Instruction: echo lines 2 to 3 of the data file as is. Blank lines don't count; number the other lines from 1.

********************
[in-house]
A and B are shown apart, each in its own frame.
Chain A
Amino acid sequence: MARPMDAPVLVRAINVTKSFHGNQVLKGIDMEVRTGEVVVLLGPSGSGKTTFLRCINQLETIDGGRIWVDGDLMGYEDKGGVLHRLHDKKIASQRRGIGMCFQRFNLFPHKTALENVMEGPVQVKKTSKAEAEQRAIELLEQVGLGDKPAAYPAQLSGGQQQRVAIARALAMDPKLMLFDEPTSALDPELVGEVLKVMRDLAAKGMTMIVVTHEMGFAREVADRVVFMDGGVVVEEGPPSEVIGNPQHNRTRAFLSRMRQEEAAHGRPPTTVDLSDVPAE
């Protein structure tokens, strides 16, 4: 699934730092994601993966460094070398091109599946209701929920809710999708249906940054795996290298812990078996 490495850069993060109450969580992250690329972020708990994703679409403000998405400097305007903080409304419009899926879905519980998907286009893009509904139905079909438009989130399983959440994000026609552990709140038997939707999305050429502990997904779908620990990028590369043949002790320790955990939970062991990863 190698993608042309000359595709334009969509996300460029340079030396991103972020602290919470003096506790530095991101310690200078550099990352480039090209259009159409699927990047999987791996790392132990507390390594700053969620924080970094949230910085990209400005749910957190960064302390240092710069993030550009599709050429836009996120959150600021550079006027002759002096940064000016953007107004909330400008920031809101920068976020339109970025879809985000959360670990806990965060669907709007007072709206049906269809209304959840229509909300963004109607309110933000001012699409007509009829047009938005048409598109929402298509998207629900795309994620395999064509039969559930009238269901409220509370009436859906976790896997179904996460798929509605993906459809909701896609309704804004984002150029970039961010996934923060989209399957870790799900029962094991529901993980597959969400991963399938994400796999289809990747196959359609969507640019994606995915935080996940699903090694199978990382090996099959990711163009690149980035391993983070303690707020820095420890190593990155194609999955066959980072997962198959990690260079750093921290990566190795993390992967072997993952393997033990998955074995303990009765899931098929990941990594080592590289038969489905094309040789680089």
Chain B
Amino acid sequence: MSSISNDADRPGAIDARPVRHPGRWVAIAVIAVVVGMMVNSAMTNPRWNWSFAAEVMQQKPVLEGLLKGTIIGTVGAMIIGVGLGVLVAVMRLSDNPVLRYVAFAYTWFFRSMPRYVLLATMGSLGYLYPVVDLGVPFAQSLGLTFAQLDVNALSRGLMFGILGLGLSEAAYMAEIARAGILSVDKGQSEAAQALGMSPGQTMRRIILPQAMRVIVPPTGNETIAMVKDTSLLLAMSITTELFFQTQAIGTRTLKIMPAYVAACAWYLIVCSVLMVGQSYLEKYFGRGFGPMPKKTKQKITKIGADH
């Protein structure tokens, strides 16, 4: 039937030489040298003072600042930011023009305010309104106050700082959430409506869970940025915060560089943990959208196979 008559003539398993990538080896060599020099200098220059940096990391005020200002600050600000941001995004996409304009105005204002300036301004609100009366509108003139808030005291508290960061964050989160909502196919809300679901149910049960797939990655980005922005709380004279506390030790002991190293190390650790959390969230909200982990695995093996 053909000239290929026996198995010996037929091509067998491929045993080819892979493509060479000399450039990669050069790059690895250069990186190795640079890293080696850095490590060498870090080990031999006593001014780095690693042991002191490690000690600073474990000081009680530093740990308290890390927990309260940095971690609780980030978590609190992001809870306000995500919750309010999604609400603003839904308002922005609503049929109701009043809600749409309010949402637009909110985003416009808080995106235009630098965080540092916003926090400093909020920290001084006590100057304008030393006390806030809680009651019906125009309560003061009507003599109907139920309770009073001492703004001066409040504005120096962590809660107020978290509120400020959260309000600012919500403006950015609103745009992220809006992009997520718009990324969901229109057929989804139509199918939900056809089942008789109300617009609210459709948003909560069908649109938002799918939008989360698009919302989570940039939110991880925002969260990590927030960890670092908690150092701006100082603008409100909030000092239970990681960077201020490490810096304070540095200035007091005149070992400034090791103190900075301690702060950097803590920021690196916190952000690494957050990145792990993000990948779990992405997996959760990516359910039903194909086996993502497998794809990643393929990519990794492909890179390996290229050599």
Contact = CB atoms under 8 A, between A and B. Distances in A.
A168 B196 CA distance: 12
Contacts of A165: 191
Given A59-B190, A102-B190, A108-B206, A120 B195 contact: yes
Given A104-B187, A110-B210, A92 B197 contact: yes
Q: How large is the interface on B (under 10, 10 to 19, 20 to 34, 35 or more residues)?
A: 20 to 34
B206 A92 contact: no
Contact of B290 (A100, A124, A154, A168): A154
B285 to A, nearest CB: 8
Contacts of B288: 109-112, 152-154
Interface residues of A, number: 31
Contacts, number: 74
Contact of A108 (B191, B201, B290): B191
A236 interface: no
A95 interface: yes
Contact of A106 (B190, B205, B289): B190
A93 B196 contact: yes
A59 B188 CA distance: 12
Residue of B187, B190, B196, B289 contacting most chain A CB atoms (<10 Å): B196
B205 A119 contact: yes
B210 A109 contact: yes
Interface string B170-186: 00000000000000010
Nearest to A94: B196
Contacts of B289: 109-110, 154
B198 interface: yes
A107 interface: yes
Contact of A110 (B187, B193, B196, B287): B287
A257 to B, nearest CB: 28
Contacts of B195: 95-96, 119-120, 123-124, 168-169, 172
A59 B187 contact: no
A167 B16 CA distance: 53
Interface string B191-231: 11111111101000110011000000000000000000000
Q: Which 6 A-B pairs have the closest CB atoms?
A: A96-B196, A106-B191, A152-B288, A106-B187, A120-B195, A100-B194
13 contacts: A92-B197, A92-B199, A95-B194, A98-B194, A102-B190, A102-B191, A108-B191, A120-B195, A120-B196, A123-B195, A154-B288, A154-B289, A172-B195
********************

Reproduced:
A and B are shown apart, each in its own frame.
Chain A